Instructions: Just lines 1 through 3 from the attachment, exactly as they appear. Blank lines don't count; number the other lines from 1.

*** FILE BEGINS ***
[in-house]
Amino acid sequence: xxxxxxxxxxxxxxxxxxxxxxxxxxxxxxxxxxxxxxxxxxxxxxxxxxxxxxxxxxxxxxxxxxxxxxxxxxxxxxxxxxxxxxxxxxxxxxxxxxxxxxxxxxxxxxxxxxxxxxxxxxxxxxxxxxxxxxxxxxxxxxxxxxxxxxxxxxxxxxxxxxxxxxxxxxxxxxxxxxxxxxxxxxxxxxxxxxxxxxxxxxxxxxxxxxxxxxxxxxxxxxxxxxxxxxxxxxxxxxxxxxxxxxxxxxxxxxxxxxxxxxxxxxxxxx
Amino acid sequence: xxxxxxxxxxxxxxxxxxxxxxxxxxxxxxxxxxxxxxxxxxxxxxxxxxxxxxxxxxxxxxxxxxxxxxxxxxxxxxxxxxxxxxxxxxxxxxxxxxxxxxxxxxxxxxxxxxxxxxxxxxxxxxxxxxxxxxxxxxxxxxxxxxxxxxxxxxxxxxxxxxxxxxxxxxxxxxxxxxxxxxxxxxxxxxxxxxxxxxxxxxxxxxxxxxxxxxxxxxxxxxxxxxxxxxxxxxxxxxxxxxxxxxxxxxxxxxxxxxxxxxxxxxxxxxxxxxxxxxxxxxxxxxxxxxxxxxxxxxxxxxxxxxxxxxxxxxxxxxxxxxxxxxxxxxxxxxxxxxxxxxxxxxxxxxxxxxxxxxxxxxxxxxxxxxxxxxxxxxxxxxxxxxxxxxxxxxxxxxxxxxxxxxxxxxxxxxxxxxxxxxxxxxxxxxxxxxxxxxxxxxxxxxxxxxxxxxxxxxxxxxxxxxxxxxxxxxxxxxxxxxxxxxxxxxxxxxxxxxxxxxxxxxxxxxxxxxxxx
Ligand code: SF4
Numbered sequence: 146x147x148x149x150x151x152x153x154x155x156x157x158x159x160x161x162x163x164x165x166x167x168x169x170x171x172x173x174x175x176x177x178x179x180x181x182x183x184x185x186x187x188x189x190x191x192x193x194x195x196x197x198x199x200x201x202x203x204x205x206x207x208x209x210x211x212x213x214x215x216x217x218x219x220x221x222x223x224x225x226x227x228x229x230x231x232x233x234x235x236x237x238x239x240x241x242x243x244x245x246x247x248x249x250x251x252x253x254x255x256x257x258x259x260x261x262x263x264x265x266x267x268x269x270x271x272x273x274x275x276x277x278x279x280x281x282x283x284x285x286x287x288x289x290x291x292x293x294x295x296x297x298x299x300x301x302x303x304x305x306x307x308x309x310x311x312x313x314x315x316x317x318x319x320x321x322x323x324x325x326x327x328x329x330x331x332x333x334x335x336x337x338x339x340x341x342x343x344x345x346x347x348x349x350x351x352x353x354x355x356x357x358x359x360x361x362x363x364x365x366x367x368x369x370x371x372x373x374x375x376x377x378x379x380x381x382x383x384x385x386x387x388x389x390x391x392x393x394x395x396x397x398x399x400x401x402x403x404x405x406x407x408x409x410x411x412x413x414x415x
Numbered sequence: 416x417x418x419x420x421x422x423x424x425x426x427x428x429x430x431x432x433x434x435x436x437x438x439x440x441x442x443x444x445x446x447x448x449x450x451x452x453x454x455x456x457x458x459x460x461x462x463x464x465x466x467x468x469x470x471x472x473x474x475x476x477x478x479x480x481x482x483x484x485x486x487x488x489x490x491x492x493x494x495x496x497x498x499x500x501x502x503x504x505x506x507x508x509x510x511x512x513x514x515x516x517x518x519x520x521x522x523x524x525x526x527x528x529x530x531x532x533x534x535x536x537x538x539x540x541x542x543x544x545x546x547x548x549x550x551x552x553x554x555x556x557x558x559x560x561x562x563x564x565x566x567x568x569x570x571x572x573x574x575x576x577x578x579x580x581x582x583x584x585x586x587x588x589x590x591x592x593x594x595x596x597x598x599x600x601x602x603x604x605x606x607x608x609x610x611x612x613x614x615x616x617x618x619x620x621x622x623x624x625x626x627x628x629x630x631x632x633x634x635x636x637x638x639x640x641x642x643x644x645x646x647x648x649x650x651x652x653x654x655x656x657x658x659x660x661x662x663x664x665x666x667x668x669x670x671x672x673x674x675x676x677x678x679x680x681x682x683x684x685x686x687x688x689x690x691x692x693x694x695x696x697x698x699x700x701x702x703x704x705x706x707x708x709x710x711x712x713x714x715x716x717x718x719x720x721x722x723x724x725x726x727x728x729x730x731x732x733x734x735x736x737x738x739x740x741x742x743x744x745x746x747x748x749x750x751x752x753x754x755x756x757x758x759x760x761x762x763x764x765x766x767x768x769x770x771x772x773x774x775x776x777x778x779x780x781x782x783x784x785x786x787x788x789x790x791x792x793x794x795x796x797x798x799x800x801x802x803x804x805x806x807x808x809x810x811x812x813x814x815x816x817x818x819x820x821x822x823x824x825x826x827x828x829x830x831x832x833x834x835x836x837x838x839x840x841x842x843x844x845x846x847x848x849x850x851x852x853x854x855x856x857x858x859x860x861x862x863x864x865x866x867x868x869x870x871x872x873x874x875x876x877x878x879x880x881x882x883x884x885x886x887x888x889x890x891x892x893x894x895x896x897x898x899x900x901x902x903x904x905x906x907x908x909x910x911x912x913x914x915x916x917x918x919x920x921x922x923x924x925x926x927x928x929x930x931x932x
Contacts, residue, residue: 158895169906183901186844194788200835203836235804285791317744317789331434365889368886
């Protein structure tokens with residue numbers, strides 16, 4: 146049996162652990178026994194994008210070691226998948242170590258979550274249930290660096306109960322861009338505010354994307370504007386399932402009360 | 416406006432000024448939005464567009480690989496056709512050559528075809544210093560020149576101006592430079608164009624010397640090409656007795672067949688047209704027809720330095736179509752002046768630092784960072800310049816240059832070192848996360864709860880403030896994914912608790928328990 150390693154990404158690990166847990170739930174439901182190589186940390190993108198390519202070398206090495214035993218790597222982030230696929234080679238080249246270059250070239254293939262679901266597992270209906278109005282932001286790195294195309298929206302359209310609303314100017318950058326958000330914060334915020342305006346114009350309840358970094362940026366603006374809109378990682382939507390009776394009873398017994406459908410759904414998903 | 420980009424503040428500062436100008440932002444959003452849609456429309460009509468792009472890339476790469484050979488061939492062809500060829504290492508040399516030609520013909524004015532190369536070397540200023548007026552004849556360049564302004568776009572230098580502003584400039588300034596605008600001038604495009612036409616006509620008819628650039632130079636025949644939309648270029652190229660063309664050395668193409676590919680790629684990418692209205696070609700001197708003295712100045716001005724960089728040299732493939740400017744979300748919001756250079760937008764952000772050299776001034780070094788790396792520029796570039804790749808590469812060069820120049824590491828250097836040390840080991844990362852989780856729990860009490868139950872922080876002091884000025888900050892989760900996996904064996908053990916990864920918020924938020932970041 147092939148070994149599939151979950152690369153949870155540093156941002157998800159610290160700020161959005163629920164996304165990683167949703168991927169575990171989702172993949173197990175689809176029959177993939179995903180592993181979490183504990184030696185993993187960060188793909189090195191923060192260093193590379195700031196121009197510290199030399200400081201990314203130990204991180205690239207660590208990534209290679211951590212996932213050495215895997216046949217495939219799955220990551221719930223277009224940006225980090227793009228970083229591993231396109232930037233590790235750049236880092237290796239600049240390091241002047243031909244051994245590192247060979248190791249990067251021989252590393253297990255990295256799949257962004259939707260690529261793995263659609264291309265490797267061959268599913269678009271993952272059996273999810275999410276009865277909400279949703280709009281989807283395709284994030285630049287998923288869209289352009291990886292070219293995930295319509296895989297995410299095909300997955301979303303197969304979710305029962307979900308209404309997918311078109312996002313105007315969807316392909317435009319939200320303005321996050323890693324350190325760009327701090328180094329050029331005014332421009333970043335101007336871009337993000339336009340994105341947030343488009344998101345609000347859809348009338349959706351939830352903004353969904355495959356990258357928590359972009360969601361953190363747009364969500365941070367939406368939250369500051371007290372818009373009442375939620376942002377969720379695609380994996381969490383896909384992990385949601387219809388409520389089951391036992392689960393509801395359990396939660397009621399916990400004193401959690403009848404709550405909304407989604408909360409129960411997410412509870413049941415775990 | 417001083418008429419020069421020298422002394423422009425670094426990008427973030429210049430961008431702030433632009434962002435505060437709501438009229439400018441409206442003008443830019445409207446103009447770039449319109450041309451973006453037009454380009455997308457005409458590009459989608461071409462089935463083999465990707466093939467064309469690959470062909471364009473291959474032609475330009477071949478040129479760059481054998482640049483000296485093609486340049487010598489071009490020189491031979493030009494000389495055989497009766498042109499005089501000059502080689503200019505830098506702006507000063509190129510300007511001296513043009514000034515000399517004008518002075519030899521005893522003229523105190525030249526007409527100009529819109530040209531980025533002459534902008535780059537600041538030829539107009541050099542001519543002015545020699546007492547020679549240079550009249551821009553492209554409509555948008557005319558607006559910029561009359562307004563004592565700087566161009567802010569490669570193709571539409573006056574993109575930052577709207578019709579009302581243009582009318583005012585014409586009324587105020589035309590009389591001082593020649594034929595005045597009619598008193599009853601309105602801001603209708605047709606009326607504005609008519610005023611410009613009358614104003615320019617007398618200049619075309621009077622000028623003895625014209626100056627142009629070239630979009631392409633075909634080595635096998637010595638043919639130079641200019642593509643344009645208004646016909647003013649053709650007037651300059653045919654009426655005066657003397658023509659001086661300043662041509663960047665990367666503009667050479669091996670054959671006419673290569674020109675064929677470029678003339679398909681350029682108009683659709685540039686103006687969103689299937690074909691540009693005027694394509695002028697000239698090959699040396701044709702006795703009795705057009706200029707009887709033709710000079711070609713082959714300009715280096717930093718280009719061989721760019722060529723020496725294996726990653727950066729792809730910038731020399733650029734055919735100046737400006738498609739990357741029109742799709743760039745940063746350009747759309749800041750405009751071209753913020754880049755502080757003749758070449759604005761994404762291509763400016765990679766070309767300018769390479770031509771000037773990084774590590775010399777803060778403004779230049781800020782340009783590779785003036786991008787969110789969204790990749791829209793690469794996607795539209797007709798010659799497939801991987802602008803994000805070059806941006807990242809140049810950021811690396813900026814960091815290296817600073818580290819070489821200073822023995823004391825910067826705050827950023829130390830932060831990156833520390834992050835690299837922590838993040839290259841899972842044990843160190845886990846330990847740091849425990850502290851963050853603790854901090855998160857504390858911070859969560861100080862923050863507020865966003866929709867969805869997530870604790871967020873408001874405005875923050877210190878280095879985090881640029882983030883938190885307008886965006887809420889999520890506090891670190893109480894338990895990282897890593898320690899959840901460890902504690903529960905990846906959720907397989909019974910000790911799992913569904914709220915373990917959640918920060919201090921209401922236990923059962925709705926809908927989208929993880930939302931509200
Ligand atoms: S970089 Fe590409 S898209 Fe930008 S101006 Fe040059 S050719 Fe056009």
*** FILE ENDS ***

[in-house]
Amino acid sequence: xxxxxxxxxxxxxxxxxxxxxxxxxxxxxxxxxxxxxxxxxxxxxxxxxxxxxxxxxxxxxxxxxxxxxxxxxxxxxxxxxxxxxxxxxxxxxxxxxxxxxxxxxxxxxxxxxxxxxxxxxxxxxxxxxxxxxxxxxxxxxxxxxxxxxxxxxxxxxxxxxxxxxxxxxxxxxxxxxxxxxxxxxxxxxxxxxxxxxxxxxxxxxxxxxxxxxxxxxxxxxxxxxxxxxxxxxxxxxxxxxxxxxxxxxxxxxxxxxxxxxxxxxxxxxx
Amino acid sequence: xxxxxxxxxxxxxxxxxxxxxxxxxxxxxxxxxxxxxxxxxxxxxxxxxxxxxxxxxxxxxxxxxxxxxxxxxxxxxxxxxxxxxxxxxxxxxxxxxxxxxxxxxxxxxxxxxxxxxxxxxxxxxxxxxxxxxxxxxxxxxxxxxxxxxxxxxxxxxxxxxxxxxxxxxxxxxxxxxxxxxxxxxxxxxxxxxxxxxxxxxxxxxxxxxxxxxxxxxxxxxxxxxxxxxxxxxxxxxxxxxxxxxxxxxxxxxxxxxxxxxxxxxxxxxxxxxxxxxxxxxxxxxxxxxxxxxxxxxxxxxxxxxxxxxxxxxxxxxxxxxxxxxxxxxxxxxxxxxxxxxxxxxxxxxxxxxxxxxxxxxxxxxxxxxxxxxxxxxxxxxxxxxxxxxxxxxxxxxxxxxxxxxxxxxxxxxxxxxxxxxxxxxxxxxxxxxxxxxxxxxxxxxxxxxxxxxxxxxxxxxxxxxxxxxxxxxxxxxxxxxxxxxxxxxxxxxxxxxxxxxxxxxxxxxxxxxxxxx